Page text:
Script Production How to Write Useful NotesSo you’ve finished reading your writer’s script and have prepared your notes and questions. In a way, that was the easy part of the job: now you need to relay your notes to your writer in such a way that he or she accepts them willingly and without feeling defensive.

It is not uncommon for a note-giver to walk away from a meeting feeling that it went well, while the writer leaves the same meeting feeling unsure, insecure, or possibly even angry. By considering not only the content of your notes but also the way you express them, you can strengthen a positive relationship with your writer that can last throughout production and even into future projects.

Written notes vs. In-person meetings. There are a variety of opinions about whether to give your script writer written notes in advance of, or in lieu of an in-person meeting.

Writers tend to prefer face-to-face meetings over a list of notes sent via email over given over the phone. This way, they can discuss and clarify your notes with you.

Meetings help to encourage the sense that you and the writer are working mutually toward a goal, and they avoid giving the impression that you are simply an authoritative boss barking orders.

Where to meet? Generally, lunches and dinners are a nice way to get to know your writer and to share some early ideas, but you’ll want to meet somewhere more private for script notes.

Ultimately, you want to choose a place that is convenient and comfortable. Some possibilities include your office, a members’ club, or your own home. You may find that meeting at the writer’s home instead of your own can help to alleviate anxiety on the part of that writer. It also demonstrates a level of respect by showing that your time is no more valuable than that of the writer.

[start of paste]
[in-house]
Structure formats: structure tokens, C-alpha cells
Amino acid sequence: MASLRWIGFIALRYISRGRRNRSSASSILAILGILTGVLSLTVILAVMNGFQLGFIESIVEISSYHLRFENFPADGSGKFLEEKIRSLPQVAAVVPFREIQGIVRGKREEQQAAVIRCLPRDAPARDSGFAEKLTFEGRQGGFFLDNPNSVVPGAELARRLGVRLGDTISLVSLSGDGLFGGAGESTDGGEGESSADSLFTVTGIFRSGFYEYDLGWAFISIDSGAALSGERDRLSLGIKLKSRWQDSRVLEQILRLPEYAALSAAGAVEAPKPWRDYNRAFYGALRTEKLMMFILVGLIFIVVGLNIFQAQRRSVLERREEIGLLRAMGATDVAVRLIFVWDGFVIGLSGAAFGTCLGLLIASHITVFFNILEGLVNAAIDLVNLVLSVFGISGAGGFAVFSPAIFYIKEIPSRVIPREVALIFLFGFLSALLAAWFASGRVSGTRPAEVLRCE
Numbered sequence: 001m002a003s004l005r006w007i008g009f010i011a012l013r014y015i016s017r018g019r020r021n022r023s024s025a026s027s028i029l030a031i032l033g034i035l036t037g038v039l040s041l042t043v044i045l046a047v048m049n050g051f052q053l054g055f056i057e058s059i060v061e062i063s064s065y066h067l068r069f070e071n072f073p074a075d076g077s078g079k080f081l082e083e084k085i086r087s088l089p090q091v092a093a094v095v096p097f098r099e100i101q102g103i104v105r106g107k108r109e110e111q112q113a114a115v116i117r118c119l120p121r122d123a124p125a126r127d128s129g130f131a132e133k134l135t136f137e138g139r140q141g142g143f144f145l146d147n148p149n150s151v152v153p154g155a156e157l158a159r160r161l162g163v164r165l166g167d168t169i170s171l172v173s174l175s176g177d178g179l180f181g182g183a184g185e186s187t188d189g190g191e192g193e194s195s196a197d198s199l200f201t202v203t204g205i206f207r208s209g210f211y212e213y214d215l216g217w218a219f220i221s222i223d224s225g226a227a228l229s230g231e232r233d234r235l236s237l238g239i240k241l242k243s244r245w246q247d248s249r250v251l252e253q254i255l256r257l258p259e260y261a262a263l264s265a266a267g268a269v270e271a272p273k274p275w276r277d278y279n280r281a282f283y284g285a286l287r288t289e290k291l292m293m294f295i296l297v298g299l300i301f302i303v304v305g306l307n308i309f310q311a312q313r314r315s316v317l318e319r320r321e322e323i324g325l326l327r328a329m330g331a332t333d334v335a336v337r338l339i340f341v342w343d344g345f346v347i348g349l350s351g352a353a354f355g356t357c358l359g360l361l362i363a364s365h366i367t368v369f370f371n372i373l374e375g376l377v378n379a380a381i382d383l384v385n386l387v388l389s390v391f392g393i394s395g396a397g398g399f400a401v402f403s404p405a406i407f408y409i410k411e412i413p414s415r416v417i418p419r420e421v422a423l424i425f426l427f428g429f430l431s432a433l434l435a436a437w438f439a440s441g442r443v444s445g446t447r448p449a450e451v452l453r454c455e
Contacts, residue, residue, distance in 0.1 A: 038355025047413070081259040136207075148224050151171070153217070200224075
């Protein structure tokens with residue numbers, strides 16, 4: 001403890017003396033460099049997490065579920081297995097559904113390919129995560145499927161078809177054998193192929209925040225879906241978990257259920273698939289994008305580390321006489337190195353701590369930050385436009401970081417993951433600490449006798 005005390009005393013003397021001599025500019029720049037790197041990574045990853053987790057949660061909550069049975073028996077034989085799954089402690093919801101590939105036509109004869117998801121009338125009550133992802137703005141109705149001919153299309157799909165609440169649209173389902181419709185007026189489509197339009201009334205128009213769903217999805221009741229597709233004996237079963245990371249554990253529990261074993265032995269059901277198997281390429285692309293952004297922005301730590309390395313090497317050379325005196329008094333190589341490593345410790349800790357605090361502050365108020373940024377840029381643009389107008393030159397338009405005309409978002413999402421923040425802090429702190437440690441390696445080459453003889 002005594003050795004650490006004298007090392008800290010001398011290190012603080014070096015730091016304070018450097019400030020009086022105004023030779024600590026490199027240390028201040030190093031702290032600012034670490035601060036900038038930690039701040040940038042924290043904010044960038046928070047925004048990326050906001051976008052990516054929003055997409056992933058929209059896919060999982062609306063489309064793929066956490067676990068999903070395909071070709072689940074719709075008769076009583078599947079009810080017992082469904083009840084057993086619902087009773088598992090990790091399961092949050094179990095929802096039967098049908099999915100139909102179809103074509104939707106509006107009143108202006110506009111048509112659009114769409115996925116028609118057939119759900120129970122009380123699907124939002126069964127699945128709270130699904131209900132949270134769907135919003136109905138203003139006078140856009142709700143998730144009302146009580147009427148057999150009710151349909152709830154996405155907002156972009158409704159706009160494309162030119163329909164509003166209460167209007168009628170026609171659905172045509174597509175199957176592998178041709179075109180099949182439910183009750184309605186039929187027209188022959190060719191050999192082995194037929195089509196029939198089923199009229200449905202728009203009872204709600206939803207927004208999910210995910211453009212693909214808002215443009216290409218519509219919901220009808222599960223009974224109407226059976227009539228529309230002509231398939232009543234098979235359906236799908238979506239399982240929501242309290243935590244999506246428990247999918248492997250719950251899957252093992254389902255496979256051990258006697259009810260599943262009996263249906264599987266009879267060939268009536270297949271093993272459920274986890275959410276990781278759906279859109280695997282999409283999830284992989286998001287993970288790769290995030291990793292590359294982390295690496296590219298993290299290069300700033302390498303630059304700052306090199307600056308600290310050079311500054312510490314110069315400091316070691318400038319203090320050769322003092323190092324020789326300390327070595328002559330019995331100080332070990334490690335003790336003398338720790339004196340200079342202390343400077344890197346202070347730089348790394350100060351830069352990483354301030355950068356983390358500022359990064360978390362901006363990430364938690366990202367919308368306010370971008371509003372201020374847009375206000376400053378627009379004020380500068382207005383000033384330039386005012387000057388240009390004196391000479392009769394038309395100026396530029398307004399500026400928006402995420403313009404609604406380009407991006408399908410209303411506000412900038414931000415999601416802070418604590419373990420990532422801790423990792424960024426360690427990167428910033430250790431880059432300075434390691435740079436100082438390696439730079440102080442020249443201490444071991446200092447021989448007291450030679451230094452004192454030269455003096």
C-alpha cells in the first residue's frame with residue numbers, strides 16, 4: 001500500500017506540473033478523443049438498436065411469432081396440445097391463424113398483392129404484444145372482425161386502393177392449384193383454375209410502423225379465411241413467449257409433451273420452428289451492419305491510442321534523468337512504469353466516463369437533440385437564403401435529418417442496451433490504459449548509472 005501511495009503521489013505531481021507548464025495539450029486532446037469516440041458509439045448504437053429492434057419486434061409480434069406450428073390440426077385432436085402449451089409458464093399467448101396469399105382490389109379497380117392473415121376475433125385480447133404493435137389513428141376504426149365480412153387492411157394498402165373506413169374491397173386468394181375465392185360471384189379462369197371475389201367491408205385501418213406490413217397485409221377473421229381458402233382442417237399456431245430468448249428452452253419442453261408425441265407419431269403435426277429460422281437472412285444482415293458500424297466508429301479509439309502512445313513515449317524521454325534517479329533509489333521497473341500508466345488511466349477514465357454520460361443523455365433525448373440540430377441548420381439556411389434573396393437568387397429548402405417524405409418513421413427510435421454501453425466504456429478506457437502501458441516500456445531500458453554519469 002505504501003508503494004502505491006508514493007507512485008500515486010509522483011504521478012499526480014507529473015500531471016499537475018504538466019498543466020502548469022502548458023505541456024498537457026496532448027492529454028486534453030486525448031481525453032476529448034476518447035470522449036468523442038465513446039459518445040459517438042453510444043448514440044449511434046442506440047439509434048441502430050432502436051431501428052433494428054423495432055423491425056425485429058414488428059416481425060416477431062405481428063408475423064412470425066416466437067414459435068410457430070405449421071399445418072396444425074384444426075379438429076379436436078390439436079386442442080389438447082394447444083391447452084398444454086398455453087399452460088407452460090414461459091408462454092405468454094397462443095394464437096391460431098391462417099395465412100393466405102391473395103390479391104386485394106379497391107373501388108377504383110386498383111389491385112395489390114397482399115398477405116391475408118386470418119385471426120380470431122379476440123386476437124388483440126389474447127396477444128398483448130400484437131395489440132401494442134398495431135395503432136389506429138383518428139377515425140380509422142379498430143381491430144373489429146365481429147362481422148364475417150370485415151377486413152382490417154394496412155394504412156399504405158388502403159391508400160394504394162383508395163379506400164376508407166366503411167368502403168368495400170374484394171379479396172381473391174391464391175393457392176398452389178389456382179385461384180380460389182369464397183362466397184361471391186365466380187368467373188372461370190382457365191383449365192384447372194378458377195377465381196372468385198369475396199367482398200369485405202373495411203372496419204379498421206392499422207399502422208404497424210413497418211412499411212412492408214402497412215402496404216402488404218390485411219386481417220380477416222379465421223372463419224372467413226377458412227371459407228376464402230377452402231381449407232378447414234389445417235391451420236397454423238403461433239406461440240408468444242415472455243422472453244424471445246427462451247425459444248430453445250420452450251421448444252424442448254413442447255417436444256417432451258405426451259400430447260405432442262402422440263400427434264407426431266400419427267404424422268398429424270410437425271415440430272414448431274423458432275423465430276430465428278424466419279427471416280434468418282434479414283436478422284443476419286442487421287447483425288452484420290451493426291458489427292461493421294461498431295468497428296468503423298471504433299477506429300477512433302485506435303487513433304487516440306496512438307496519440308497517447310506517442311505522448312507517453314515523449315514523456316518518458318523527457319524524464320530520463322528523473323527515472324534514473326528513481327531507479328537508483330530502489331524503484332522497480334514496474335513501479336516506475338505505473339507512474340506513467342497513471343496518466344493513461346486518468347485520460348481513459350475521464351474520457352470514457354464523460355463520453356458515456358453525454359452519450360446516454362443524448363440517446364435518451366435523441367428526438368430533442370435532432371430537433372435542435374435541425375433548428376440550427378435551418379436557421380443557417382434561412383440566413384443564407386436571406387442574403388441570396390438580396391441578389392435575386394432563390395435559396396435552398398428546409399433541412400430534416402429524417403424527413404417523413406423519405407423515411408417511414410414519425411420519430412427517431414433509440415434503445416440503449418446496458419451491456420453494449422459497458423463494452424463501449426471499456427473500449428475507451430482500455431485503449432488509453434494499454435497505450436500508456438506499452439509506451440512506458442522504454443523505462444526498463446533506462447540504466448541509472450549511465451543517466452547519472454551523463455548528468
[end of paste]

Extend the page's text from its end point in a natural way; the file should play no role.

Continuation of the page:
Leave authority at the door. Consider yourself to be not the writer’s boss (even if you are), but rather a collaborator on a project that you both care about.

By stripping yourself of the authoritative state of mind before your meeting, you can help to avoid a subconscious power-struggle in your dialogue that may leave your writer feeling defensive. In general, there are three possible ways that a writer will accept your notes: as compliance, through identification, or by internalization.

The first of these, compliance, occurs when the writer merely follows your instruction, because you are the figure of authority. The problem with compliance is that it can undermine the level of trust that you want to have with your writer. It can also lessen your writer’s desire to work on the script and thus  chip away at his or her creativity.

When you meet with your writer, you should try to encourage either identification (in which the writer listens to your notes, because he or she trusts and respects your opinions) or internalization (in which the writer, through a collaborative discussion, comes to agree with your opinions and adopts them as his or her own.)

Use first person. Take ownership of your opinions and express them as such via first person statements, such as “It seems to me that…” or “I feel that…” By using this language instead of impersonal statements, such as “This part is problematic,” you subtly remind your writer that this is one person’s opinion, rather than a universal condemnation. This can make the criticism easier for the writer to hear.

Mix compliments with your criticism. Often writers walk away from meetings feeling brow-beaten and insecure, because all they heard were the negatives about their script. This can have a profoundly negative impact upon their creativity. Therefore, don’t just focus on the problem spots when you give notes. Encourage your writer by referring to parts of the script that you liked.